Listen to our Interview with Melissa Below:
PRE’s research has been used by governments in South Africa, Canada, New Zealand, Ghana, Spain, Sweden, Korea, the United Kingdom, and the United States for education and policy development on prostitution and trafficking.
In this podcast, psychologist Melissa Farley explains her understanding of the connections between exploitation of women and exploitation of the earth. The connections between exploitation of the earth and exploitation of women is explained by Indigenous women, some animal rights activists but not PETA, Eco-Feminists and academics worldwide. There is a relationship between how women are treated and how the land is treated.
Melissa Farley quotes Lisa Brunner, White Earth Ojibwe at the National Indigenous Women’s Resource Center: “They treat Mother Earth like they treat women. They think they can own us, buy us, sell us, trade us, rent us, poison us, rape us, destroy us, use us as entertainment and kill us. I’m happy to see that we are talking about the level of violence that is occurring against Mother Earth because it equates to us. What happens to her happens to us.”
Farley notes the work of anthropologist Peggy Reeves Sanday who also described the connections between how the earth is exploited and how women are exploited 35 years ago. Sanday studied 156 cultures categorized as either rape-free or rape-prone and found a relationship between how the land was treated and how the women were treated. In cultures where sexual violence was minimal or nonexistent, the earth was relatively free of exploitation and destruction. And where there was environmental degradation, Sanday observed simultaneous high levels of sexual violence.
Historically, colonizers have extracted resources while perpetuating the notion that they have the right to take whatever they want from People’s homelands. Today, everything is for sale: animals, trees, the ocean, as well as human beings.
Climate Change: Desertification in Africa is causing girls to walk increasingly farther distances to get water for their families. This puts them at risk for sexual assault and also leaves them too tired to attend school. Educating girls is one way they are able to avoid the sex trade. In 2015, California Representative Barbara Lee introduced a congressional resolution recognizing that climate change disproportionately affects poor women. In her resolution, Barbara Lee noted that as a result of climate change, these women were likely to turn to prostitution.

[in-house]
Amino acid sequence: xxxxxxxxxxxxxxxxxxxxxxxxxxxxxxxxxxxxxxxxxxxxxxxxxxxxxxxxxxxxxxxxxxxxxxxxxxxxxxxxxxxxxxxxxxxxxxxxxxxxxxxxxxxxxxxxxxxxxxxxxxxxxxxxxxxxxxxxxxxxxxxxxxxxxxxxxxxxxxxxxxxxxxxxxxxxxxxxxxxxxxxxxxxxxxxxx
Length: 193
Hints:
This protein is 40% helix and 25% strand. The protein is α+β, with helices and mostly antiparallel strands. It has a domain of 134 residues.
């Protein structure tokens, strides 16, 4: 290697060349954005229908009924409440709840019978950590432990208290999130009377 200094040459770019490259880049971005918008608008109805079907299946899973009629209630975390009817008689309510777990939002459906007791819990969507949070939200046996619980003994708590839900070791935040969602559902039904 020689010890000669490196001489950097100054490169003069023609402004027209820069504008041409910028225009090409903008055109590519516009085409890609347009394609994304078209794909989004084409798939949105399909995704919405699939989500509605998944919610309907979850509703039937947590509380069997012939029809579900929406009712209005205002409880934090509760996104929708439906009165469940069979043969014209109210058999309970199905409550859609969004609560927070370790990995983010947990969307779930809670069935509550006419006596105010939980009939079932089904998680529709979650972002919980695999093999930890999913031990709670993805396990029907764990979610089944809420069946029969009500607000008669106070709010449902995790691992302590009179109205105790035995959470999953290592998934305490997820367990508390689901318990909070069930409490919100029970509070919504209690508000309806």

Lies & Denial: Climate change denial is similar to the denial of prostitution’s harms. Both create doubts in peoples’ minds about the facts.“Compartmentalization or disconnection is the primary tool of patriarchy.” Robin Morgan wrote many years ago. Compartmentalization is a primary method of denial of the intimate connections between prostitution, trafficking, resource extraction, and climate change.
Prostitiution & Trafficking: Melissa Farley started work on the sex trade in San Francisco twenty-five years ago in order to counteract the lies and myths about prostitution from pimps and their allies, for example that it is a reasonable job for poor women, a job where women get rich or that prostitution is an activity where you don’t get hurt. Prostitution Research & Education (PRE) was created to amplify the voices of sex trade survivors and to learn from them.
Decriminalization of Prostitution for those Being Sold but no Decriminalized Pimping and Sex Buying: Everyone agrees that women in prostitution should not be arrested – they are victims of crime rather than criminals themselves. However, when the decriminalization of prostitution is promoted by organizations like Amnesty International, the objective is to decriminalize not only the women theselves but also pimps and sex buyers. Groups like Amnesty, UNAIDS, Human Rights Watch, World Health Organization, Physicians for Human Rights -may do some good work on some issues. But when it comes to prostitution, they are truly reactionary. They advocate decriminalization of pimps and mainstreaming the sex trade as a mode of survival. They avoid the obvious which is that if you listed to what women really want – they’re not asking for a prostitute union. Instead, they’re asking for help staying out of prostitution and they tell us they need physical safety, housing, food, and education. In the U.S., there are women prostituting for a tank of gas or a hamburger. If you see an attempt to stop safetynets for those most vulnerable, like education funding, food stamps, housing subsidies, please become an antitrafficking activist and fight these cruel attempts to put more money in the hands of the 1%.